Class and ID Selectors

So far, we’ve been grouping selectors and declarations together in a variety of ways, but for all that, the selectors we’ve been using are very simple ones. They only refer to document elements, and while that’s often just what you need, there are times when something a little more specialized is required.

In addition to raw document elements, there are two other kinds of selectors: class and ID selectors, which allow the assignment of styles in a way that is independent of document elements. These selectors can be used on their own or in conjunction with element selectors. However, they only work if you’ve marked up your document appropriately, so using them generally involves a little forethought and planning.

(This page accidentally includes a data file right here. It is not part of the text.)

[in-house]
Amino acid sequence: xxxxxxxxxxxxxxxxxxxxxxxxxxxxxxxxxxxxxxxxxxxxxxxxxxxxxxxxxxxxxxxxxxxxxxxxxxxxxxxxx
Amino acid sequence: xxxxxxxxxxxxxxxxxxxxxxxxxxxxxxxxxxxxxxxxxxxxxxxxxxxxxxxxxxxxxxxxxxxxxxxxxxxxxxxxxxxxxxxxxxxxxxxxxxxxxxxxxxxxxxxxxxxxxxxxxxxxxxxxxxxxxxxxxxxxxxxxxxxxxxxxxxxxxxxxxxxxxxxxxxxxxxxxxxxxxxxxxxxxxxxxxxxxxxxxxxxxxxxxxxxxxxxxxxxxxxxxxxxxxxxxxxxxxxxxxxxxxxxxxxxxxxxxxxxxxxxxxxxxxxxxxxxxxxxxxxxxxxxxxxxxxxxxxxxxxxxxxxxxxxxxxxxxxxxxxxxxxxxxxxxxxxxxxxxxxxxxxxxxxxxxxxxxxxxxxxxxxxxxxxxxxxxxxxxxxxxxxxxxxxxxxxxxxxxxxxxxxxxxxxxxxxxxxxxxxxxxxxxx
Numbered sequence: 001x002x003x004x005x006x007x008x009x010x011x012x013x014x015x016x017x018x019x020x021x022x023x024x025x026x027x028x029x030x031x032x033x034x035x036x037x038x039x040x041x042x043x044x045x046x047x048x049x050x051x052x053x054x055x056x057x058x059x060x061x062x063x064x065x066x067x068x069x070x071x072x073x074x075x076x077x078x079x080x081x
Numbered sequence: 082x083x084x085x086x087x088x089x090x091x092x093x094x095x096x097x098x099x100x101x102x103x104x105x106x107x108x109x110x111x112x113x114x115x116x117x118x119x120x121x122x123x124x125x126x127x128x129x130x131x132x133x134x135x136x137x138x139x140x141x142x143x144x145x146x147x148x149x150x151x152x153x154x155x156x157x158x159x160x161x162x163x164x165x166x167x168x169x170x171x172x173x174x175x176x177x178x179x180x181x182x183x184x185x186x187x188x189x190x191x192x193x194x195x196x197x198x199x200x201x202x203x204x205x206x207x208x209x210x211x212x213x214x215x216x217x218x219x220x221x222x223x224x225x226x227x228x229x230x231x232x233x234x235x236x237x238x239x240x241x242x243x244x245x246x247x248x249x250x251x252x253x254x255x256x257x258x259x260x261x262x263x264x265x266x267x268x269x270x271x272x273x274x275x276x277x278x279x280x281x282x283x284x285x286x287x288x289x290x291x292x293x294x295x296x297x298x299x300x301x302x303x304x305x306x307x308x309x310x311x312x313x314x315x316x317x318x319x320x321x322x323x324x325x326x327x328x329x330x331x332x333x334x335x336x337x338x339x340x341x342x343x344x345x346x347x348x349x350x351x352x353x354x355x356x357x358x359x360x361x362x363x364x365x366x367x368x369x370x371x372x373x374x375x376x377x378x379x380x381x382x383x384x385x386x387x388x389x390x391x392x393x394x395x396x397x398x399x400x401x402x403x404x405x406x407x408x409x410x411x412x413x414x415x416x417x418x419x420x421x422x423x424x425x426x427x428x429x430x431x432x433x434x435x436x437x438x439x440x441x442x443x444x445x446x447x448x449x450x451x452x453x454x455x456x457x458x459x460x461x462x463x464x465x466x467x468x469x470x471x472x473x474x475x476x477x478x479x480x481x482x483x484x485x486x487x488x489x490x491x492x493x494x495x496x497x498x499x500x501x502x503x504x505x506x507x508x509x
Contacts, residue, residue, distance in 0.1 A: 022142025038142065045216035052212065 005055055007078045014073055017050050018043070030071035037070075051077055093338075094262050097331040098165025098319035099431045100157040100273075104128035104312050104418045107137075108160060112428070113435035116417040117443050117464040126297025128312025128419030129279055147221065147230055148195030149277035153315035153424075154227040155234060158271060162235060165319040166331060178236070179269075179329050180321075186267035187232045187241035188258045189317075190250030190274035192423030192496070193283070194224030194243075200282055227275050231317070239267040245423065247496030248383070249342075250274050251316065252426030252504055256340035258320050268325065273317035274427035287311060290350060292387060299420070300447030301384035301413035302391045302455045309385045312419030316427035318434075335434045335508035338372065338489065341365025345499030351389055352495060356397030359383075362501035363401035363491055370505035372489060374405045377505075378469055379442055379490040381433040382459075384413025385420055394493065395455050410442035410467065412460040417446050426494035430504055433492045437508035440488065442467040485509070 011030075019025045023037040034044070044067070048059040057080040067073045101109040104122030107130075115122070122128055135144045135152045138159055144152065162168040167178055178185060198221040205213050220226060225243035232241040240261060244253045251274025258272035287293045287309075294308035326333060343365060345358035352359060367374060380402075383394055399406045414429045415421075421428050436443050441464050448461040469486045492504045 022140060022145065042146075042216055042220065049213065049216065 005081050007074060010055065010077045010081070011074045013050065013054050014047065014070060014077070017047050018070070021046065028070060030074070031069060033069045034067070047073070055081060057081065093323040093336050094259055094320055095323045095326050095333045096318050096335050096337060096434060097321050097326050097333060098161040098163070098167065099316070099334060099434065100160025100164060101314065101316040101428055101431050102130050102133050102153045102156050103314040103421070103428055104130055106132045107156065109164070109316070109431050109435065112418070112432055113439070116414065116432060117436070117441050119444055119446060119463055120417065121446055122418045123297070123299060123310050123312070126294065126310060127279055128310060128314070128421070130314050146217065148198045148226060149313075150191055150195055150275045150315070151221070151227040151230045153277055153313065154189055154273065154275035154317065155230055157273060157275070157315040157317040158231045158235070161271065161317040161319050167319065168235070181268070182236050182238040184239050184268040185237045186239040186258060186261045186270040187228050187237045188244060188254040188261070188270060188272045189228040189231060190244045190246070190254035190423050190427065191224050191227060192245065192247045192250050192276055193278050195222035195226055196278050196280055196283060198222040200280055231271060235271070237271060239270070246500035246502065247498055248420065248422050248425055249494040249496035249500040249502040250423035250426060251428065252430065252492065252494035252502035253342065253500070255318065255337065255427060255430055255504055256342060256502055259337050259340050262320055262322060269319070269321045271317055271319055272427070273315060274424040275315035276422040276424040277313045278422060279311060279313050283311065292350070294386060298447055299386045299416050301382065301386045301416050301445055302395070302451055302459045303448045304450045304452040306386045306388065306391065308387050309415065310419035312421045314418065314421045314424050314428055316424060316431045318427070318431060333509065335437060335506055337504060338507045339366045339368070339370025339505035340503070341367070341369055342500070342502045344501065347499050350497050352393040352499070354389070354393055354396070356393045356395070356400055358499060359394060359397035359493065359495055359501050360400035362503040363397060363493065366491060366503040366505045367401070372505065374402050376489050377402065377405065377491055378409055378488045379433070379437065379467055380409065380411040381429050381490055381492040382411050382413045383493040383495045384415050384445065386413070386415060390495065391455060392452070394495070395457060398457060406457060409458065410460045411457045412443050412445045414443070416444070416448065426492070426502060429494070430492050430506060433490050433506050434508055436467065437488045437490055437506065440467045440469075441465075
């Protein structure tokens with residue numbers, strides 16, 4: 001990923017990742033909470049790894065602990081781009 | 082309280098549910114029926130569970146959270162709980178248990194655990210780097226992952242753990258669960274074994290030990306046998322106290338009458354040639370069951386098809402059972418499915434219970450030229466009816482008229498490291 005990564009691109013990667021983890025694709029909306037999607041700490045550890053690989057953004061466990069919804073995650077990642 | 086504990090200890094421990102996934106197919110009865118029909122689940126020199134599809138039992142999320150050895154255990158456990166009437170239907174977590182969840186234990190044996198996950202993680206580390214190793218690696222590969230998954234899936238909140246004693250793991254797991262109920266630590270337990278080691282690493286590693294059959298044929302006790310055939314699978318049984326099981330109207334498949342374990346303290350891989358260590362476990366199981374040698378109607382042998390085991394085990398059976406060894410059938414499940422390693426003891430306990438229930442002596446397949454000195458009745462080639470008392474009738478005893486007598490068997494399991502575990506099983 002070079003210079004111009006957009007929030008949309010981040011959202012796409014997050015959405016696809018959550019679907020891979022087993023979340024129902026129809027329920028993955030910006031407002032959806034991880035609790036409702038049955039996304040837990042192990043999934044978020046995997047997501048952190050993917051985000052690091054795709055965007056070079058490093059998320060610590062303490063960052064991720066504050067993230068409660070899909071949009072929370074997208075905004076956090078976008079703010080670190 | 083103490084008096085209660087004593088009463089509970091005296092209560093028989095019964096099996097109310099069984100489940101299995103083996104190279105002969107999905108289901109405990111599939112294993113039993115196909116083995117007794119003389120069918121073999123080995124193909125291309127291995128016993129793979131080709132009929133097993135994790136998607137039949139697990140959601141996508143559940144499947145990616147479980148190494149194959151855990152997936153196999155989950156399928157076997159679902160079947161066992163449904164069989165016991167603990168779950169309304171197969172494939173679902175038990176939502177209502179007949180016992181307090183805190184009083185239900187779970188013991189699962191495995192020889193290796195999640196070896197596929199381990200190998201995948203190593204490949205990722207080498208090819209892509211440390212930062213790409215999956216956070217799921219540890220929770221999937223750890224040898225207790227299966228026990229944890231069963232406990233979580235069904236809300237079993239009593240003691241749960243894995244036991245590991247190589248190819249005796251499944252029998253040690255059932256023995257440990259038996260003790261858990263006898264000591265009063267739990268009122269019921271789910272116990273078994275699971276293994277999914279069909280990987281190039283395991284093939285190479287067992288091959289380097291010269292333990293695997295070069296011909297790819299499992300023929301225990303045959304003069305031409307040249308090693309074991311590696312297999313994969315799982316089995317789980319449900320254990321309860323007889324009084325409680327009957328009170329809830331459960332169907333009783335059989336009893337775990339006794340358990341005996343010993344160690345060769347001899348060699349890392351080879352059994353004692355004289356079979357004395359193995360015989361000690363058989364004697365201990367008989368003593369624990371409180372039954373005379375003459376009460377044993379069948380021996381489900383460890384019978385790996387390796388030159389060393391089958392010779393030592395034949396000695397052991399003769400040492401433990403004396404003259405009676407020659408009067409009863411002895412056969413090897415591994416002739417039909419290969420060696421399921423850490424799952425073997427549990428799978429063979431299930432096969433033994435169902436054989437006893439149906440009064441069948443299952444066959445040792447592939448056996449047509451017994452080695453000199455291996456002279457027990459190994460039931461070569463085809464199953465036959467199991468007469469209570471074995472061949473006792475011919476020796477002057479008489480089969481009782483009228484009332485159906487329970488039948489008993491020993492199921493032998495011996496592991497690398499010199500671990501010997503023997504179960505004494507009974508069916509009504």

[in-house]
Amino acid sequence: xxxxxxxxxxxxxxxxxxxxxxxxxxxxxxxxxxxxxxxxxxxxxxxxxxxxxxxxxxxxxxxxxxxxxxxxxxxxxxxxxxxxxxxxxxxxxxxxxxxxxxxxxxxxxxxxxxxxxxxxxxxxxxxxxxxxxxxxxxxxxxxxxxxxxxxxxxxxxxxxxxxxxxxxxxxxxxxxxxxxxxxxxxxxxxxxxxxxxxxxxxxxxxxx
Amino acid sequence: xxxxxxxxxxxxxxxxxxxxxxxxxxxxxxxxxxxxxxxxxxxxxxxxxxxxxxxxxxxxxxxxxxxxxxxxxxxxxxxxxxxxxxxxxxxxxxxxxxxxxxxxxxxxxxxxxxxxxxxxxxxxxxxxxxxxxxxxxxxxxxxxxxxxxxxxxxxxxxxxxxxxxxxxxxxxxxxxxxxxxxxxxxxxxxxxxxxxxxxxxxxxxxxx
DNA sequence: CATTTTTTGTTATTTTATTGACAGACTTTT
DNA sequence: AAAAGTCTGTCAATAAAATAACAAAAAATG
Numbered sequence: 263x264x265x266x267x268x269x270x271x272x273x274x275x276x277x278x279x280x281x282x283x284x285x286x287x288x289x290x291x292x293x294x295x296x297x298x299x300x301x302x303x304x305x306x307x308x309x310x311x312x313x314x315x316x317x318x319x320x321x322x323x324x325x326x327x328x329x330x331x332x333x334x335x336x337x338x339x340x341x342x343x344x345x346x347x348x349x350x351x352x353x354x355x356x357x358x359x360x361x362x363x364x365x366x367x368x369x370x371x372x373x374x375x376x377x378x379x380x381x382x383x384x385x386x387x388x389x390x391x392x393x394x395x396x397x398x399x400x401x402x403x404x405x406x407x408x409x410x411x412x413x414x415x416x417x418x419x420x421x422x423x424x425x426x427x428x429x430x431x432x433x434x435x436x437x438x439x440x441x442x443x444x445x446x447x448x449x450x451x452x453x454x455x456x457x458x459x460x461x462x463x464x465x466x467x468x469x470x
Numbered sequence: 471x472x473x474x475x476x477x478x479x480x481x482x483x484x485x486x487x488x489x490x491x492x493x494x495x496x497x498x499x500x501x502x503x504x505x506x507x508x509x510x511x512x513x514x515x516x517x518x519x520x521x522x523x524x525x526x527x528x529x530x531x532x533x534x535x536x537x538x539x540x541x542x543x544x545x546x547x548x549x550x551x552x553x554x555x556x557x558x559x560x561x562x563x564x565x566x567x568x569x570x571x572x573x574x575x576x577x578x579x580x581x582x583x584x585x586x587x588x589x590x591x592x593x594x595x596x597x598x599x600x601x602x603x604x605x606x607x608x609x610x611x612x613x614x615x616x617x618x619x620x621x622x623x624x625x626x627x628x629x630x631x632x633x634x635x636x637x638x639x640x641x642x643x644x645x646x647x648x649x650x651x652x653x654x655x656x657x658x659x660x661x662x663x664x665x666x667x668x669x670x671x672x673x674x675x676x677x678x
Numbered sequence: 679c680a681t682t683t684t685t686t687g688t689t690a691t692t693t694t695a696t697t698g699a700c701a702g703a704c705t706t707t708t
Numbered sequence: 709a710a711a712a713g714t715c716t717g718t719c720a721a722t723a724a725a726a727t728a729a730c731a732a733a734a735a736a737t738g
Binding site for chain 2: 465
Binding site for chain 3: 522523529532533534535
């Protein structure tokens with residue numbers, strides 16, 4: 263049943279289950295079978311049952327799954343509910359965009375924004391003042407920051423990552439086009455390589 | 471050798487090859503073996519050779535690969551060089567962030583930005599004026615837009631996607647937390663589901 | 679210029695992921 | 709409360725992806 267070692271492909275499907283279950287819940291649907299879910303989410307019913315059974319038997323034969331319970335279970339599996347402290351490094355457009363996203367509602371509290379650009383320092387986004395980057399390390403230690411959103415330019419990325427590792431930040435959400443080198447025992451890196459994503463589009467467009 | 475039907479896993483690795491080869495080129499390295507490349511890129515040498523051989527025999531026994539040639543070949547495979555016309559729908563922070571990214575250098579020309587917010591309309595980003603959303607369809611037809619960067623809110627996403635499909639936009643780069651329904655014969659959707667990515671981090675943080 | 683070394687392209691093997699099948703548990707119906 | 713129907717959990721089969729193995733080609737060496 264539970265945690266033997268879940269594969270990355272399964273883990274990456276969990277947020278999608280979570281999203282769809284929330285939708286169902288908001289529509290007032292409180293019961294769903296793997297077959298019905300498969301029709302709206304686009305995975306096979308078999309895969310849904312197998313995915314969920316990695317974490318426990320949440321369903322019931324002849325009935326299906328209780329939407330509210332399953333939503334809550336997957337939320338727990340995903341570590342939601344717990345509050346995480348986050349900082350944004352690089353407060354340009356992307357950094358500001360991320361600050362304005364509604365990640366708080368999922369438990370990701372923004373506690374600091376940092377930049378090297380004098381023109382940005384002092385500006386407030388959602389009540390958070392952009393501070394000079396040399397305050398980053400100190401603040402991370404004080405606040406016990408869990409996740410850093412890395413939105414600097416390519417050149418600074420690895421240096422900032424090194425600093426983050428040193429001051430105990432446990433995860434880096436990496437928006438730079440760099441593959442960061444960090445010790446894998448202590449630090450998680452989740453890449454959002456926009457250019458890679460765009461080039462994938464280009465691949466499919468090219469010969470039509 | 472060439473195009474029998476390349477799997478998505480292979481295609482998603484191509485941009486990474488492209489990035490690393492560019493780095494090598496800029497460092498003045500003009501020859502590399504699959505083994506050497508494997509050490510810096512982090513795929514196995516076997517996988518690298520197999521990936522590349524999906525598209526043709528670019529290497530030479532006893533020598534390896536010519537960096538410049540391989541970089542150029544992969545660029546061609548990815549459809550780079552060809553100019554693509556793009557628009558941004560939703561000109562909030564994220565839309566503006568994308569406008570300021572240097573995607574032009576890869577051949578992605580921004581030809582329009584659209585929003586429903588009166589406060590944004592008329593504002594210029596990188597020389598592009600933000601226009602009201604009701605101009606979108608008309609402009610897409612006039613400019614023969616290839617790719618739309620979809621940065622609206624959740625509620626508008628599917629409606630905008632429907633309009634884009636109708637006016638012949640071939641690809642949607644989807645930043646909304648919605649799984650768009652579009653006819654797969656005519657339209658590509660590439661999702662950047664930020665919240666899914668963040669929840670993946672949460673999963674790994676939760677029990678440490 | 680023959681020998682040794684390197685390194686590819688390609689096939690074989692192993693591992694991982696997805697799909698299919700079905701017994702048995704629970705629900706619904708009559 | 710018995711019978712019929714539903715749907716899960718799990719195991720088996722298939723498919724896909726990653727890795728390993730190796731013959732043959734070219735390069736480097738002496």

Of course, you probably want to know why you should go to the effort. What will it get you? Let’s consider a document about the handling of plutonium, in which there are various warnings on things to do (or not do) while working with such a dangerous substance. You want to make each warning use boldface text so that it will stand out from everything else.

However, you don’t know what kind of elements these warnings will be. Sometimes there will be a whole paragraph of warning text, but other times there might be a single warning list item out of a lengthy list, or just a given section of a paragraph. In any case, you can’t define a rule using simple selectors of any kind. If you did this:

P {font-weight: bold;}

then all paragraphs will be bold, not ...

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